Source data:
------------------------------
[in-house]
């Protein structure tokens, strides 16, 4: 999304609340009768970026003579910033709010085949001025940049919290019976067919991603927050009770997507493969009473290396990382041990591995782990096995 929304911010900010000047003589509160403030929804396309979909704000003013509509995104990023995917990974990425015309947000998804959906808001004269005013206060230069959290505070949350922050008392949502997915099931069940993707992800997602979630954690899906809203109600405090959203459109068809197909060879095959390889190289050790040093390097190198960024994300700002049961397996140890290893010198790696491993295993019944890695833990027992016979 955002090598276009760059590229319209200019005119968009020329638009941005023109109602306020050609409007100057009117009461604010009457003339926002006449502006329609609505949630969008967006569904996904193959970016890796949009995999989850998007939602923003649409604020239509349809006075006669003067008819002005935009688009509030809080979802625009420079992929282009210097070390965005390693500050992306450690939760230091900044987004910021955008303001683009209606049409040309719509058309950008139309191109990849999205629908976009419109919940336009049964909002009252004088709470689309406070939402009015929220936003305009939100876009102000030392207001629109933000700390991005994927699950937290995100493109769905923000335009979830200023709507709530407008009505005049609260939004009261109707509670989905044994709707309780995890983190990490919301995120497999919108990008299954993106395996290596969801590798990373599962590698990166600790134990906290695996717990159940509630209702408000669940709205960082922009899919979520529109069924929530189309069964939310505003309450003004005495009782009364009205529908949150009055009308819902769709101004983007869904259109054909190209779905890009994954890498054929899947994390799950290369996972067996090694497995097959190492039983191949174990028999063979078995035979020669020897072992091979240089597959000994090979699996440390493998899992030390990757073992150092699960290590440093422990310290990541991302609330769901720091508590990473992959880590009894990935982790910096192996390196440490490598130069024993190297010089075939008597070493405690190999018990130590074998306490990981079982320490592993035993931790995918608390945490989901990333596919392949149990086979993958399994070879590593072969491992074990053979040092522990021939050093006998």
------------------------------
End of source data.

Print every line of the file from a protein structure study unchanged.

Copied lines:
[in-house]
């Protein structure tokens, strides 16, 4: 999304609340009768970026003579910033709010085949001025940049919290019976067919991603927050009770997507493969009473290396990382041990591995782990096995 929304911010900010000047003589509160403030929804396309979909704000003013509509995104990023995917990974990425015309947000998804959906808001004269005013206060230069959290505070949350922050008392949502997915099931069940993707992800997602979630954690899906809203109600405090959203459109068809197909060879095959390889190289050790040093390097190198960024994300700002049961397996140890290893010198790696491993295993019944890695833990027992016979 955002090598276009760059590229319209200019005119968009020329638009941005023109109602306020050609409007100057009117009461604010009457003339926002006449502006329609609505949630969008967006569904996904193959970016890796949009995999989850998007939602923003649409604020239509349809006075006669003067008819002005935009688009509030809080979802625009420079992929282009210097070390965005390693500050992306450690939760230091900044987004910021955008303001683009209606049409040309719509058309950008139309191109990849999205629908976009419109919940336009049964909002009252004088709470689309406070939402009015929220936003305009939100876009102000030392207001629109933000700390991005994927699950937290995100493109769905923000335009979830200023709507709530407008009505005049609260939004009261109707509670989905044994709707309780995890983190990490919301995120497999919108990008299954993106395996290596969801590798990373599962590698990166600790134990906290695996717990159940509630209702408000669940709205960082922009899919979520529109069924929530189309069964939310505003309450003004005495009782009364009205529908949150009055009308819902769709101004983007869904259109054909190209779905890009994954890498054929899947994390799950290369996972067996090694497995097959190492039983191949174990028999063979078995035979020669020897072992091979240089597959000994090979699996440390493998899992030390990757073992150092699960290590440093422990310290990541991302609330769901720091508590990473992959880590009894990935982790910096192996390196440490490598130069024993190297010089075939008597070493405690190999018990130590074998306490990981079982320490592993035993931790995918608390945490989901990333596919392949149990086979993958399994070879590593072969491992074990053979040092522990021939050093006998």